• Roll the dough into thin snakes. Grab a handful of gnocchi dough that is 2-3 inches in diameter. This should be able to fit easily in the palm of your hand. Start to roll the dough into a tube in the palm of your hand. Once the tube gets too long to hold in your hand, you should roll the tube on the parchment paper until you get a long snake that is about half an inch in diameter. You should roll the snake out relatively thin. The gnocchi will get a little wider when you press grooves into it and the gnocchi will get a little bigger when you boil it.
  • Cut the snakes into individual gnocchi. Now you just need to grab a fork and cut the snake into pieces that are about 1 inch long. 
  • Add grooves to the gnocchi (optional). If you want, you can form groves in the gnocchi by pressing the bottom of the fork against it (pictured below). This is not strictly required, but it will help the gnocchi collect more sauce. Dust the gnocchi with flour when you are done to keep pieces from sticking together.  

gluten free butternut squash ricotta gnocchi

Cooking butternut squash gnocchi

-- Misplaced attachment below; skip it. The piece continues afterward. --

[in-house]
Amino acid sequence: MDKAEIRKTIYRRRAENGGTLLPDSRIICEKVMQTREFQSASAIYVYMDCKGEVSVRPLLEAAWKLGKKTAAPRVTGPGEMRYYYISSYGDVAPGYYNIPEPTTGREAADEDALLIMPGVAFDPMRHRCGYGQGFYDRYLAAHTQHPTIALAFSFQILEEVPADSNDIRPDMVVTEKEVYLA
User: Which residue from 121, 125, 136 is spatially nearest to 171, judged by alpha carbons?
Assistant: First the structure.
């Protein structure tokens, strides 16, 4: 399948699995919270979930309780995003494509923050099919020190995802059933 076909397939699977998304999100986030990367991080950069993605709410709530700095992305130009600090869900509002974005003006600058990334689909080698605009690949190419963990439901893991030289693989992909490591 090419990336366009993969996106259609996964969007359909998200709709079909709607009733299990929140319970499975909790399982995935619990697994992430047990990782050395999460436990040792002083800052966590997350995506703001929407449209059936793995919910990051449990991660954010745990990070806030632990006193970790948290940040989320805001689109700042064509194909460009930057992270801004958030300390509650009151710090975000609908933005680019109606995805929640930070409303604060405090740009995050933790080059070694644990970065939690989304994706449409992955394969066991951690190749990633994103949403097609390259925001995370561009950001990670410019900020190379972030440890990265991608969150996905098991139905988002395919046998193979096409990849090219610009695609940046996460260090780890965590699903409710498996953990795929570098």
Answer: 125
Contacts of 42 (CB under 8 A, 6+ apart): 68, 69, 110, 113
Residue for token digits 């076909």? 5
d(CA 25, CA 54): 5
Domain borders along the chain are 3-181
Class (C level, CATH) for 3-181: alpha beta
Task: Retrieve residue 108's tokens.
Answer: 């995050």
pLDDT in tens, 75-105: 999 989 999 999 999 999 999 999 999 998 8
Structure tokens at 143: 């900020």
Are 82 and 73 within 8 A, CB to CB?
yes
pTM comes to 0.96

Good news! Once you are done shaping your gnocchi, you are done with the hard part. Cooking gnocchi is notoriously easy because it lets you know when it is done. When you first put the gnocchi in the pot of boiling water, it will sink to the bottom. Once the gnocchi is done cooking, it will float to the top of the water and you can collect it with a slotted spoon.

Note that you might need to cook your gnocchi in batches. You should only have one or two layers of gnocchi on the bottom of your pot when you cook it. I generally cook my gnocchi in 3-4 batches. The good thing is that a single batch of gnocchi takes only about 3 minutes to cook.

Making gnocchi hold its shape

Here are a few tips for making sure your gnocchi holds its shape.

  • Dry out the squash. Make sure that your squash has a relatively low moisture content when it comes out of the oven. You should cut your butternut squash in half and cook it with the flat side down. If you do not do this, water will pool in the bowl formed in the bulb of the butternut squash and sink into the flesh.